Chinese Regulatory Crackdown Wipes Billions in Stock Value
For the past few months, Chinese regulators have been cracking down on various sectors of the economy. While new regulations and investigations have targeted businesses from practically all spheres - from education and property management to cryptocurrencies and gaming - the tech sector seems to have been hit the hardest.
The regulatory crackdown seems to focus on a few key things: anti-monopoly legislation, data security and protection, content regulation, and competitive practices.
The first signs of the crackdown came in November 2020, when the government blocked billionaire Jack Ma’s IPO. Jack Ma is the richest man in China (his Ant Group is one of the largest fintech companies in the world) and owner of Alibaba, the “Chinese Amazon.” Ma mysteriously disappeared for three months after giving a speech critical of the Chinese financial industry, perhaps foreshadowing the crackdown that will impact most of China’s financial elite.
This kicked off a series of investigations and harsh fines for the biggest Chinese tech companies. Alibaba was fined $2.8 billion as a result of an anti-monopoly investigation, while the Chinese car-hailing company Didi was prevented from allowing new users to register while its cybersecurity was investigated. In June this year, the CCP also blocked Tencent’s $5.3-billion-worth video games merger on antitrust grounds.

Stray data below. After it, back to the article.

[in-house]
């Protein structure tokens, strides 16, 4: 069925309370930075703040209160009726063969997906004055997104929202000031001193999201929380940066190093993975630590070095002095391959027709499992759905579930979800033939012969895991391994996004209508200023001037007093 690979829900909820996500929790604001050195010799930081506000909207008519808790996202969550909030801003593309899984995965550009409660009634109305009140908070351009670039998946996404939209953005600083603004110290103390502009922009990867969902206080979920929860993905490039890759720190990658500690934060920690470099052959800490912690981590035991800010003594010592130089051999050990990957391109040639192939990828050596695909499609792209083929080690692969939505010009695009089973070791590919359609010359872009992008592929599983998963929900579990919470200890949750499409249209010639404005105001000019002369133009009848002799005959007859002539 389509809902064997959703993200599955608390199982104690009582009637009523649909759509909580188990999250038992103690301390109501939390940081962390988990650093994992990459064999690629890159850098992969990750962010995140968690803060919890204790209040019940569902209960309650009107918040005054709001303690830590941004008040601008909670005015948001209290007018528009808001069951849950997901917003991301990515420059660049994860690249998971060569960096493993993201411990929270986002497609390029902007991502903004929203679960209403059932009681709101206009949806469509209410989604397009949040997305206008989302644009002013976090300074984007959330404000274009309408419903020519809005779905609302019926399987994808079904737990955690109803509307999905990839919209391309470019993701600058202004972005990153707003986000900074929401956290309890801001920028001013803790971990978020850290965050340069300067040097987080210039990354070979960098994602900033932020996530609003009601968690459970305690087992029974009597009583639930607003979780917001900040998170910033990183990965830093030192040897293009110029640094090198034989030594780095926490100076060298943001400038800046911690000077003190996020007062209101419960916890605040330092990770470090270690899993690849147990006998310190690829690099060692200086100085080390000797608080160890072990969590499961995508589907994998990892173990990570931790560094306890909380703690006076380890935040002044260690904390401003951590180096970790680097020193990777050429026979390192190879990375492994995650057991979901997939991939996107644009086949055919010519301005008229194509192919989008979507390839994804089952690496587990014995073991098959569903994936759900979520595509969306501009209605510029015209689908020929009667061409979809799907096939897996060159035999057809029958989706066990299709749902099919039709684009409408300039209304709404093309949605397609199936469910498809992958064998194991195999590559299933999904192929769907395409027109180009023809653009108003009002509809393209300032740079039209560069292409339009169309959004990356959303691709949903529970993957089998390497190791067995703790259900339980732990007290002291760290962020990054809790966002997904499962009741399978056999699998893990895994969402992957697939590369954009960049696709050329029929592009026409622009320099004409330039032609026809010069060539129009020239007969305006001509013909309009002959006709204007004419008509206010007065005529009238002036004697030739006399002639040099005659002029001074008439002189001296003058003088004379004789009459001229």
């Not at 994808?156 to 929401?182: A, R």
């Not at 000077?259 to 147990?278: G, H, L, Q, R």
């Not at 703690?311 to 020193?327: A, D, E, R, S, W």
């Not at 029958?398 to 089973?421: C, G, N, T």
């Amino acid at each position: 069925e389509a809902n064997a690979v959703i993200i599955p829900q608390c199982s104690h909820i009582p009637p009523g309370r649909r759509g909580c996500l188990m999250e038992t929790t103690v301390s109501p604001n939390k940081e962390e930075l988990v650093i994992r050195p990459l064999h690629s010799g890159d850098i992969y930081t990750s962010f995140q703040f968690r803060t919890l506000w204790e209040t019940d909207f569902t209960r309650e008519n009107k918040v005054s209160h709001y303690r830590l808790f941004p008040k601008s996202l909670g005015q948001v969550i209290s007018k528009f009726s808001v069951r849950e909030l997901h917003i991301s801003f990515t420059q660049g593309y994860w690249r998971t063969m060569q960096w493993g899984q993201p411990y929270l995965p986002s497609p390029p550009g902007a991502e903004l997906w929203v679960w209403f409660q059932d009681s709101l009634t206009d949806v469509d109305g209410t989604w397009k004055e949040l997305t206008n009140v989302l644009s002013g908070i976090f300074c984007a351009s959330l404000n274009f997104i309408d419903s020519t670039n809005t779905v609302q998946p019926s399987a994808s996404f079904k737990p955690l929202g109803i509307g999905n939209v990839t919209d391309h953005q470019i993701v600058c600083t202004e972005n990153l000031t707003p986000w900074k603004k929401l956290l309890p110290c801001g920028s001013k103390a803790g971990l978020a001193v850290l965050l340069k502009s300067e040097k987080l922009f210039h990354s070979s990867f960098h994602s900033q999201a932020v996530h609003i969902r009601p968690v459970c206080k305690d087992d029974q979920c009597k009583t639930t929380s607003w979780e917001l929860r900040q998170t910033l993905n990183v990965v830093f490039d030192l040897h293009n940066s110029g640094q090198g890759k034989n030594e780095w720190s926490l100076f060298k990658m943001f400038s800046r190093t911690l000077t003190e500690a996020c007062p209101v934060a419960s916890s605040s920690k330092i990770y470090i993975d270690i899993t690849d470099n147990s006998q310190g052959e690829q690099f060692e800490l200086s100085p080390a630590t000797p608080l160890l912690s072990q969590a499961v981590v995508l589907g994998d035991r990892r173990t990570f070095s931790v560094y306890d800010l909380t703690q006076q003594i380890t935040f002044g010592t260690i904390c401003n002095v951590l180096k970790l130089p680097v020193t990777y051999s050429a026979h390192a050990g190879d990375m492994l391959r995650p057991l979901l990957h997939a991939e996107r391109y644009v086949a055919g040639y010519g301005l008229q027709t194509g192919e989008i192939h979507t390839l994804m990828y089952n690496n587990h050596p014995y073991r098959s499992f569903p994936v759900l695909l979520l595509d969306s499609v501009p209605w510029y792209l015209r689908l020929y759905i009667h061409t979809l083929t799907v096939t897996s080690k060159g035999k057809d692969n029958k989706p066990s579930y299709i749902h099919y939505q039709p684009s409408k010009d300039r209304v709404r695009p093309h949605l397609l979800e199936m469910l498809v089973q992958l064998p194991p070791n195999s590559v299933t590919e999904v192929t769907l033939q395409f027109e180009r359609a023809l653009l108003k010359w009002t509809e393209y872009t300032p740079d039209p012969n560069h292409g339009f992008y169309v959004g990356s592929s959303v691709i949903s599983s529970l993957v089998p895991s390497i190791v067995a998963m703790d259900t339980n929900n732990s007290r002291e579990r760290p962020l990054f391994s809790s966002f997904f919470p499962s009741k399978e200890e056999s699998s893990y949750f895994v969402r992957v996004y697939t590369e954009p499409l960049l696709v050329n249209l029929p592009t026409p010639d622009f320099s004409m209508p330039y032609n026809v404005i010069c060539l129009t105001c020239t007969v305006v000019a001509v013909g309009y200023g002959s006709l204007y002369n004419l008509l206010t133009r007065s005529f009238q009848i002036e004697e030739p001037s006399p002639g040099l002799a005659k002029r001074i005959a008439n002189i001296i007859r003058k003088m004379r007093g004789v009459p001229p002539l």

As a result of hardened regulations, half a trillion dollars were wiped from the Chinese markets within a week, shattering investor confidence. The situation marks a stark contrast to the previous decade, during which China’s economy experienced a huge and continuous boom.
Now, investors are reluctant to put money into Chinese companies, as both new regulations and possible geopolitical impacts stemming from the US-China trade war might further bring the market down.
However, Chinese tech giants have proved to be resilient and capable of quickly adapting to new regulatory policies and even anticipating them. Chances are that their growth is bound to continue after this short but significant dip. Hence, investing in stocks of Chinese companies might become profitable again in the near future.
For years, the clients I worked for were banks. That gave me an insider’s view of how banks and other institutions create financial products and services. Then I entered the world of journalism. Fortunly is the result of our fantastic team’s hard work. I use the knowledge I acquired as a bank copywriter to create valuable content that will help you make the best possible financial decisions.
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